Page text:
Today, following NIST will only get you to level 1 or level 2 of CMMC compliance. However, it won’t get you to level 3 certification. There are an additional 20 controls that they need to get their arms around. And then they will need to pass an assessment. So, NIST 800-171 is really just in an advisory role in this process.
PreVeil: Is there anyone in the DIB yet who doesn’t realize this thing called CMMC is coming? Is there anyone not taking it seriously?
Peerless: I think most are taking it seriously. However, their problem is not knowing the road map they should follow. They are just looking for someone to tell them how to go forward and get onto the path of compliance. It’s just that there are so many ways to get there. No two companies are the same so everyone is going to have their own path and that’s what makes it confusing for a lot of folks.
[DIB companies] are just looking for someone to tell them how to go forward and get onto the path of compliance.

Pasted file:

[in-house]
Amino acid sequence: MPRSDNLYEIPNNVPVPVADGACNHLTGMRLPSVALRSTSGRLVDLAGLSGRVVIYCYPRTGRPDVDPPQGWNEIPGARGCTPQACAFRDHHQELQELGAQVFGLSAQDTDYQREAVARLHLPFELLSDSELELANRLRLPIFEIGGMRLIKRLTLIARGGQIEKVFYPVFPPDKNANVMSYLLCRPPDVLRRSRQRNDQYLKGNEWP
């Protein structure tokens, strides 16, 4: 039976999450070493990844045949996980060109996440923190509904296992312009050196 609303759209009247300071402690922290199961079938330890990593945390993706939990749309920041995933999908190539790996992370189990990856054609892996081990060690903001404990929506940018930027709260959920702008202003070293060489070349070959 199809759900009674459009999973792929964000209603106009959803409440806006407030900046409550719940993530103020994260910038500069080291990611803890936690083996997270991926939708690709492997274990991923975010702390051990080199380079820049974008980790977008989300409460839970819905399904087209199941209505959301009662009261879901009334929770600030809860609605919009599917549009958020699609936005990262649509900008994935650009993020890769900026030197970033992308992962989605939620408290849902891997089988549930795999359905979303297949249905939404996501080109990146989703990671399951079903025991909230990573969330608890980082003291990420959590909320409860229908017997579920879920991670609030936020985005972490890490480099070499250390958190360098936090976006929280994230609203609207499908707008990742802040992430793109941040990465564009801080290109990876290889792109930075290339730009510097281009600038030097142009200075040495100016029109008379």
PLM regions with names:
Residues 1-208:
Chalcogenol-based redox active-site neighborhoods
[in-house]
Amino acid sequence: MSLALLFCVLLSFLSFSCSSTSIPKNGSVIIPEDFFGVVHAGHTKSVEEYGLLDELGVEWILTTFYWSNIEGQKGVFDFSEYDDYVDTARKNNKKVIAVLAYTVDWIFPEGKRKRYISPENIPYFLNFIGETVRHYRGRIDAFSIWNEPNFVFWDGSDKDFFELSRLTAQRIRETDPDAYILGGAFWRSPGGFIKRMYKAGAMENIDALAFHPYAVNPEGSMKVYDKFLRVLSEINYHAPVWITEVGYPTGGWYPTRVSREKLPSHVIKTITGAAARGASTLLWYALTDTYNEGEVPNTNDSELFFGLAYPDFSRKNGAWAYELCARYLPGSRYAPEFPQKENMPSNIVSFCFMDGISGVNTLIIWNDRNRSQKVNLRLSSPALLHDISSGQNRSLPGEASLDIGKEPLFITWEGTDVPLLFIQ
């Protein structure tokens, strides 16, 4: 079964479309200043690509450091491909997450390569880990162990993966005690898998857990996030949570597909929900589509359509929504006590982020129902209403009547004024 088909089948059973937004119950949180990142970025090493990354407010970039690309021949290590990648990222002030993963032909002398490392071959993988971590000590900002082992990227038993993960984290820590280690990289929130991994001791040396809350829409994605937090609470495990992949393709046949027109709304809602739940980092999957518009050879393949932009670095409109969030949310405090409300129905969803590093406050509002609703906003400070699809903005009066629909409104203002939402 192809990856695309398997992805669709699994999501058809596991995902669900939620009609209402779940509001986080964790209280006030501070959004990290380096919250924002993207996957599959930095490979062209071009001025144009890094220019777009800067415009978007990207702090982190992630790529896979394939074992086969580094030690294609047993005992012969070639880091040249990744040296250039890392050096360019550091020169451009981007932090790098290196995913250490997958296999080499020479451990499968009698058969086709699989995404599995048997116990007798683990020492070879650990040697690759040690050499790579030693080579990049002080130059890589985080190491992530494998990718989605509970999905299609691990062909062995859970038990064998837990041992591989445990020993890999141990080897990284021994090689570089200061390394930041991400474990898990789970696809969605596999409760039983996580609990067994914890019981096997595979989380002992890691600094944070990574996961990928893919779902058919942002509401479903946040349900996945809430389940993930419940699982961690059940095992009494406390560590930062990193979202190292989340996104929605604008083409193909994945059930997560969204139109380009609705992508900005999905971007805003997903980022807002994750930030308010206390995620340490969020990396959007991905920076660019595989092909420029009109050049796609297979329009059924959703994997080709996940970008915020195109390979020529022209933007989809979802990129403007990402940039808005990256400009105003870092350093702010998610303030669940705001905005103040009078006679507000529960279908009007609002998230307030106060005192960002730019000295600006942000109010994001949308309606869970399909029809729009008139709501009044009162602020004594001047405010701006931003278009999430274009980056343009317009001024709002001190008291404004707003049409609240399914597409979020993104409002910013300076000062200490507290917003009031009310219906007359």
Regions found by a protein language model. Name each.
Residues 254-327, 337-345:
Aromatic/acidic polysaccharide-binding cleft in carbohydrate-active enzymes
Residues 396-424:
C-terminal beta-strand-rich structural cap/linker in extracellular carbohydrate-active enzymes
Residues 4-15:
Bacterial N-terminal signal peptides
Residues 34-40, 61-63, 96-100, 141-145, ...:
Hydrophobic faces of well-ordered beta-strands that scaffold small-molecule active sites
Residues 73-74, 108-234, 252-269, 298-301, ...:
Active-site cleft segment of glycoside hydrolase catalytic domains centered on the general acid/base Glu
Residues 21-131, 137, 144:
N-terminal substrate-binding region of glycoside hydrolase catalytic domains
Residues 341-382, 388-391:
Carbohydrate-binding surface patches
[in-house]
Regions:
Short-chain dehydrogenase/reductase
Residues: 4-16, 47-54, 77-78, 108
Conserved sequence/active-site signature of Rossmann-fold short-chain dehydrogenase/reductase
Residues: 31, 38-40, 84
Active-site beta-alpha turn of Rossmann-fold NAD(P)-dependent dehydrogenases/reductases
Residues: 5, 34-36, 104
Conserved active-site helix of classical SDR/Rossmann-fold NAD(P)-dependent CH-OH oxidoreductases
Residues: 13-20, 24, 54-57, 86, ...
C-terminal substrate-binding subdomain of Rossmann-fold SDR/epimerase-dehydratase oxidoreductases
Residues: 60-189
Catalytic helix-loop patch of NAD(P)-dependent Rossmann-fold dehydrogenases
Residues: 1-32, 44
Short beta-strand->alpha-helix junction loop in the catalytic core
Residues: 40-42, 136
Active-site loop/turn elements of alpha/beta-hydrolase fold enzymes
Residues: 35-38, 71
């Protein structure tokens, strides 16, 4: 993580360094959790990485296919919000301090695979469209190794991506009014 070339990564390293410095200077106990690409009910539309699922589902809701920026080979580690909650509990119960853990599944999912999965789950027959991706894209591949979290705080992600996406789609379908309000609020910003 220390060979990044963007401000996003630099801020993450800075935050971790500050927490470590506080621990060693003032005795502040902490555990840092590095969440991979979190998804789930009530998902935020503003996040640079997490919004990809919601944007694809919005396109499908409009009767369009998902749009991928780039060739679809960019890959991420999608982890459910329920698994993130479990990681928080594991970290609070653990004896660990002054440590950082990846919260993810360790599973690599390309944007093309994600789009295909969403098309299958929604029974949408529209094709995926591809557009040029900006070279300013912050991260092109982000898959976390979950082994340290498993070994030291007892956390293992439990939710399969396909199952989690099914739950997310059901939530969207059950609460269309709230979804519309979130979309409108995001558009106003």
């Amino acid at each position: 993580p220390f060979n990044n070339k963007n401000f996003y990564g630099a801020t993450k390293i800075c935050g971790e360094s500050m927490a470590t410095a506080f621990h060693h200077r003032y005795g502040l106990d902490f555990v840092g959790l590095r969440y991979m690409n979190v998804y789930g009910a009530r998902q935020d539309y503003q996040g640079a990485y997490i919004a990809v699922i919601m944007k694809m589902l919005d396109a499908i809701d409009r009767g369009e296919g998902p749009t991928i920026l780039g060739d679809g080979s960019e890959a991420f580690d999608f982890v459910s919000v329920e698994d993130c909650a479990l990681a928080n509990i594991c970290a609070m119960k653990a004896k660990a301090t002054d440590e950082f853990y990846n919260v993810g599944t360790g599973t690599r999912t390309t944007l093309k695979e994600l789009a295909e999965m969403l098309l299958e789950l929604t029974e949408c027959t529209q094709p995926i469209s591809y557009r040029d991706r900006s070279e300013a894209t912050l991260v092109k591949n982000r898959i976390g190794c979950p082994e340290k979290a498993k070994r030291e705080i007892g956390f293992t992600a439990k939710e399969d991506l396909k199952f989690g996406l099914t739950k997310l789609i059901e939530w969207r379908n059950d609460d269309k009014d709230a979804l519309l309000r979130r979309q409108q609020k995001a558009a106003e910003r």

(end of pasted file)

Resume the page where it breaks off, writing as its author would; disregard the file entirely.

PreVeil: What pushback are you getting from your clients on CMMC compliance? What are they having trouble understanding?
Peerless: The main pushback is how do I get started. Folks are looking for guidance on this. Most folks know they have to do this.
What they are worried about though is cost. They want to become compliant. But, they are worrying about how much it is going to cost to become compliant. And, if we don’t have vision into their processes and they are not clients, we can’t easily give them an answer.
What we do advise in this case is to look at the cost in terms of how much a breach would cost them. They would lose clients and reputation. That thought usually gets them focused on getting started with compliance sooner than they otherwise might.
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PreVeil: What do you tell clients about how to start on improving their cybersecurity compliance?